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Subject: you asked about

Bart, you asked,

> Who is

Well, they're a nonpartisan educational institution that has been commenting on taxes for over 70 years.  
They also have a reply to the email you quote, stating that it is "incorrect":  

Another point here is that the supposed taxpayer has no children and takes the standard deduction,
less common for those with higher incomes.  The email ignores the Alternative Minimum Tax (AMT), 
which tends to affect those who take large deductions or pay high state taxes -- such as people who 
live in California, Massachusetts, and New York (incidentally, liberal states).  
Plus, it (as usual) ignores state taxes and Social Security.

So here's a slightly corrected table, based on living in California:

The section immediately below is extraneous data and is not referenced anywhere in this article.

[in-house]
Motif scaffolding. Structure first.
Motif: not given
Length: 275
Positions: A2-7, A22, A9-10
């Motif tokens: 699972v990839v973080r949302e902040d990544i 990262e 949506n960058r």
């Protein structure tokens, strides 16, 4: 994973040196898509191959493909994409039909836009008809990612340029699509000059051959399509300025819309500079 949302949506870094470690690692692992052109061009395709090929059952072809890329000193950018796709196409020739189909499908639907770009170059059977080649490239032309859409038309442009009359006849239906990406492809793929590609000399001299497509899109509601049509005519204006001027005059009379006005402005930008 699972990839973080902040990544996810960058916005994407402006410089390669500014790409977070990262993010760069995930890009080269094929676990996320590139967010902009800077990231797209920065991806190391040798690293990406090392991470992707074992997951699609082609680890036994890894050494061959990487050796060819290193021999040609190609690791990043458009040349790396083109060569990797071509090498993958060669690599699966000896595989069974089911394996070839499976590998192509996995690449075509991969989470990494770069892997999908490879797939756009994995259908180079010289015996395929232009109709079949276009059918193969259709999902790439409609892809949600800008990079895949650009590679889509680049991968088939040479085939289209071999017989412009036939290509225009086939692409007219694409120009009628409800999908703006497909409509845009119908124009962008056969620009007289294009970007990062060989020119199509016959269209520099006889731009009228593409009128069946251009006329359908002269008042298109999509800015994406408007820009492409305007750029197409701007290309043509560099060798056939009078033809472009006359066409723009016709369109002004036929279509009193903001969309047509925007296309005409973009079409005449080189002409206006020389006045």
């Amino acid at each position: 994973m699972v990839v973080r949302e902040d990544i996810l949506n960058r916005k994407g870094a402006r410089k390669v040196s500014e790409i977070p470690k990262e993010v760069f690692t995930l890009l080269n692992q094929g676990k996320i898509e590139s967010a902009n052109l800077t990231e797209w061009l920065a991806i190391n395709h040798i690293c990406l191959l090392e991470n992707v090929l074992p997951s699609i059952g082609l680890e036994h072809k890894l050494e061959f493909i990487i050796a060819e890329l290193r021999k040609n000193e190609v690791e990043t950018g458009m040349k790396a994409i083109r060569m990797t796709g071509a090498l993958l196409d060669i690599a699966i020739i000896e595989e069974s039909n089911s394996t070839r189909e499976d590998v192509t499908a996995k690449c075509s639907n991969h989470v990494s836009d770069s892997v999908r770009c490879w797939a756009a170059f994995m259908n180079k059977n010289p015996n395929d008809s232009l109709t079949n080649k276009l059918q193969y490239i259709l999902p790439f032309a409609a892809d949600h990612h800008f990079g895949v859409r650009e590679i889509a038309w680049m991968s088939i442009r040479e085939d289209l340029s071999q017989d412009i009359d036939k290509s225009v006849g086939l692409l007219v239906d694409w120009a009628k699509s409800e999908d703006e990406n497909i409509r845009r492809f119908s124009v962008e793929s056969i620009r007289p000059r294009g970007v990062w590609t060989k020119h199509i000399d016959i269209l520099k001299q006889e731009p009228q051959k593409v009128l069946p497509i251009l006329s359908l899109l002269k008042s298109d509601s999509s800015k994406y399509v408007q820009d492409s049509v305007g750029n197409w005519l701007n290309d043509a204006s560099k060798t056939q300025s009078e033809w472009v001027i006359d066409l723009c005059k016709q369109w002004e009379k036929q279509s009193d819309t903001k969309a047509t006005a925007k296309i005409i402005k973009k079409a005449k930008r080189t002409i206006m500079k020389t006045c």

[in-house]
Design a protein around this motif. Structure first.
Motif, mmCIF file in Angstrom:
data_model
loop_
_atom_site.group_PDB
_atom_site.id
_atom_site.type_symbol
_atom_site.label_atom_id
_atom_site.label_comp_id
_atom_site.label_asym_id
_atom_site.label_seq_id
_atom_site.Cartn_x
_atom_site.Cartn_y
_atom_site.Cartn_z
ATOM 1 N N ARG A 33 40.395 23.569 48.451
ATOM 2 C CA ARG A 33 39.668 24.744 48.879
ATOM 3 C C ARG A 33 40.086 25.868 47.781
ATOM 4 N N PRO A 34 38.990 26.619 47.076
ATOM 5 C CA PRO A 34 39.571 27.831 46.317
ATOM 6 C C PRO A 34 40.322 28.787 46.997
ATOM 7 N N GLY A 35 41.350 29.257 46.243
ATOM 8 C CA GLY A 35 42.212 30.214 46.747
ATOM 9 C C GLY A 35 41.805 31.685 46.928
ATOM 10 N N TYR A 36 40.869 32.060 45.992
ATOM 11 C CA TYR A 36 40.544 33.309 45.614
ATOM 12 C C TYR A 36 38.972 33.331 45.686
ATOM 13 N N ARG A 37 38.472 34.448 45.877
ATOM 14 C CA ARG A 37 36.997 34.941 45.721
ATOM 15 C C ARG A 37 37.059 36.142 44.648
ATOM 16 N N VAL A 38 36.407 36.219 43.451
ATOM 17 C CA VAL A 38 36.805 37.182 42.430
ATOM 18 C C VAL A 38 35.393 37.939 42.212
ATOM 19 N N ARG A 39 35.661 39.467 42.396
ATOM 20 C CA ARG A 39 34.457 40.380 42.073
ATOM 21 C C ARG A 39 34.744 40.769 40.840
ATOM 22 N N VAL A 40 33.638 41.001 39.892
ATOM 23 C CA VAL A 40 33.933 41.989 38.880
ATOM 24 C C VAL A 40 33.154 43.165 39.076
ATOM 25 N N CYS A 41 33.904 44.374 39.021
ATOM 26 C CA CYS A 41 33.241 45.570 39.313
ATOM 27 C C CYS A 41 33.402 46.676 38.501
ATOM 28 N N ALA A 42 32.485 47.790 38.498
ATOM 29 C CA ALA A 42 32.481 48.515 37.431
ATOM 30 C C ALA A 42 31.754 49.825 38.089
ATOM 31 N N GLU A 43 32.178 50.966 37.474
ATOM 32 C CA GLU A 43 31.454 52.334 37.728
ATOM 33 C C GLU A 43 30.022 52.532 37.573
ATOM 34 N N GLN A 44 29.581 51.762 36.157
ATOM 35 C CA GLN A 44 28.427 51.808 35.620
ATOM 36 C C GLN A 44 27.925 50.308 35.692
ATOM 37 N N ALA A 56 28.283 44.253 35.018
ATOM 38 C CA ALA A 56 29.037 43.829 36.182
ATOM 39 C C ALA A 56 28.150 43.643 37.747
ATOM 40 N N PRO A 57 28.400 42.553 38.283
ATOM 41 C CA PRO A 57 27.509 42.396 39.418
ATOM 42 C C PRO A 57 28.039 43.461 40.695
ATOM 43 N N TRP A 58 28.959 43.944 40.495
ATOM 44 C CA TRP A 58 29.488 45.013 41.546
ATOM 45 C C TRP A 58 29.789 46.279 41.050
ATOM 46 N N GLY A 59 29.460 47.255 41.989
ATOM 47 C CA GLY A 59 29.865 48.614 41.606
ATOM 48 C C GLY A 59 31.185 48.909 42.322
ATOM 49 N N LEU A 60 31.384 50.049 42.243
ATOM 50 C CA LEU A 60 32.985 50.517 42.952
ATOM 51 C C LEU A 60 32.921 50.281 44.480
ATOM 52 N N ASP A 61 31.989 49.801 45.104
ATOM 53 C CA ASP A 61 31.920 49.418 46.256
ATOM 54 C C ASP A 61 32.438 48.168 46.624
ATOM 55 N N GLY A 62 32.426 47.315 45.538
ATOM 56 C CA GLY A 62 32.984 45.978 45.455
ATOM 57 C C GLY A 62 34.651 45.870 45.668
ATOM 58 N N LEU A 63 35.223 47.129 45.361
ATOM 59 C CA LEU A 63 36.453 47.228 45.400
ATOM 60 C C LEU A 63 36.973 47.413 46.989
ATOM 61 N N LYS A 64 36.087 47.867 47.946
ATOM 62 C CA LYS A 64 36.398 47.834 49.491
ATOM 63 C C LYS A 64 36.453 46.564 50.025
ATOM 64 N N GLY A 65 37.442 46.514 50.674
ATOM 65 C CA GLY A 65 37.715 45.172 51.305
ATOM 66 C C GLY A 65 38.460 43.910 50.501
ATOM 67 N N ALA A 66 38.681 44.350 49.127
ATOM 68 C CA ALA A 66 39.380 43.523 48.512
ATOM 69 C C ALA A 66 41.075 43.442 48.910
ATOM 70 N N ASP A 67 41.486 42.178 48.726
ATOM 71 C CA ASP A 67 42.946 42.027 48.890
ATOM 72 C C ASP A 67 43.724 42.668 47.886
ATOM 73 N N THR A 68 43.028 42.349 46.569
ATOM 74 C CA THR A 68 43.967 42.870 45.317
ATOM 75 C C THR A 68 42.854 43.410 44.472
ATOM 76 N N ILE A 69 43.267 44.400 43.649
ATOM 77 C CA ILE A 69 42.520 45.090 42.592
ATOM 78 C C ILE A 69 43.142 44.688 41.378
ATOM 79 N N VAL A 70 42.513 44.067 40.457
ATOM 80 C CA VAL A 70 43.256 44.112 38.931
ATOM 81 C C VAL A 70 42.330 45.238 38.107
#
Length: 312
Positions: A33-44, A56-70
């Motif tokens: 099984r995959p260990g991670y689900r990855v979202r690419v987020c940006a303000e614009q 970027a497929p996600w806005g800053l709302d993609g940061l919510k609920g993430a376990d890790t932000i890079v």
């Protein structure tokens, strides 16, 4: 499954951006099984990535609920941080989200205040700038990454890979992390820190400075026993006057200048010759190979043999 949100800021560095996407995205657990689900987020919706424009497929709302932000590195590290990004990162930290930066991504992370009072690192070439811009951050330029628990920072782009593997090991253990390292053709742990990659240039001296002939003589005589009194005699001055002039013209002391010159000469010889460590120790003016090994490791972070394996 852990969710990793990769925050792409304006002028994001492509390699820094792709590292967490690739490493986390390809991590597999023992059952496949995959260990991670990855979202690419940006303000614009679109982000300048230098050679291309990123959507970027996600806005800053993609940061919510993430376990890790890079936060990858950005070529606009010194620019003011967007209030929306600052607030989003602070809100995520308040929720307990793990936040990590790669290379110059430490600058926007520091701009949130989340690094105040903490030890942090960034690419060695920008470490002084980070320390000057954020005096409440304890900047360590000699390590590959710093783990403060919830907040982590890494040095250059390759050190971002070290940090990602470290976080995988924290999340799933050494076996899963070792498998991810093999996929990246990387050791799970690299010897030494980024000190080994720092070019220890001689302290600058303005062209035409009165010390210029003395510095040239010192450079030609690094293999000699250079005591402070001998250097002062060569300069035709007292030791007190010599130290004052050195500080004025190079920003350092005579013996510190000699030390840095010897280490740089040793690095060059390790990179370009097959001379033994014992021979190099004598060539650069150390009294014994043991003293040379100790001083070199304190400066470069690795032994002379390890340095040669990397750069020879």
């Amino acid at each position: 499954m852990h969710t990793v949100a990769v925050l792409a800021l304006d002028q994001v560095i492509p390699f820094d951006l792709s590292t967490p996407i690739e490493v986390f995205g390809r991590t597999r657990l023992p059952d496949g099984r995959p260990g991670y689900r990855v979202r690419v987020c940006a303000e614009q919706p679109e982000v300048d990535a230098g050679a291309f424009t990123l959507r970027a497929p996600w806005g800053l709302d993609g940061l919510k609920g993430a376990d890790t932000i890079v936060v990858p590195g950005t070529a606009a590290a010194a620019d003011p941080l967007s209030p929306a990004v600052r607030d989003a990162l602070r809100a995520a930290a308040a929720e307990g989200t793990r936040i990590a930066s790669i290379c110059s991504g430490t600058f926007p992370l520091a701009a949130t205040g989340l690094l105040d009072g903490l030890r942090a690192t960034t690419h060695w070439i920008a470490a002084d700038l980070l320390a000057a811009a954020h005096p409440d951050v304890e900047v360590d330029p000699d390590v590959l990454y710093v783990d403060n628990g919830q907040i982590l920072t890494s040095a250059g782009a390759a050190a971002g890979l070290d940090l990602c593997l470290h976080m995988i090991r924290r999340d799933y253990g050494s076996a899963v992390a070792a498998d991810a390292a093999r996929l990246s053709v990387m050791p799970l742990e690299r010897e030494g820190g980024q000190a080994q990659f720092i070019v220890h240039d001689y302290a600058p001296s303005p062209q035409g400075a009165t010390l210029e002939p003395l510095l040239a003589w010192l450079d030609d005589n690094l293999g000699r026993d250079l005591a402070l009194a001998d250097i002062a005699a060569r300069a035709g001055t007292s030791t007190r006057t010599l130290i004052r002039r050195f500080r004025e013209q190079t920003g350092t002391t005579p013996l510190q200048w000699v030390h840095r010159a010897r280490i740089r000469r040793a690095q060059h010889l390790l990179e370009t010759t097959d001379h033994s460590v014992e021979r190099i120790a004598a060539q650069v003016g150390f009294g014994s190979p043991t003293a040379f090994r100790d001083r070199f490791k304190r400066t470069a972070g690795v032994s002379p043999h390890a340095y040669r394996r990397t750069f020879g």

Now let's consider the effects of the deficit.  Assuming we spread the deficit as a future tax based on income:

We can see a couple things here.  First, the worst place to be is earning ~$125k if you're single and ~$200k 
if you're married; people earning less than you or more than you got better cuts.  Second, married people 
got better tax cuts than single people.

There are two other important things to note.  First, these tables only go up to $200k for single people and
$250k for married.  People with really large incomes, and there are more of these each year, got even 
higher percentage they tend to have more deductions.  Second, even the second table only looks 
at the annual deficit, not the actual debt.  As the debt increases, its interest increases (and the interest rate 
tends to increase as well).  So the future "deficit tax" is some 30x the current "deficit tax" calculated for that table.


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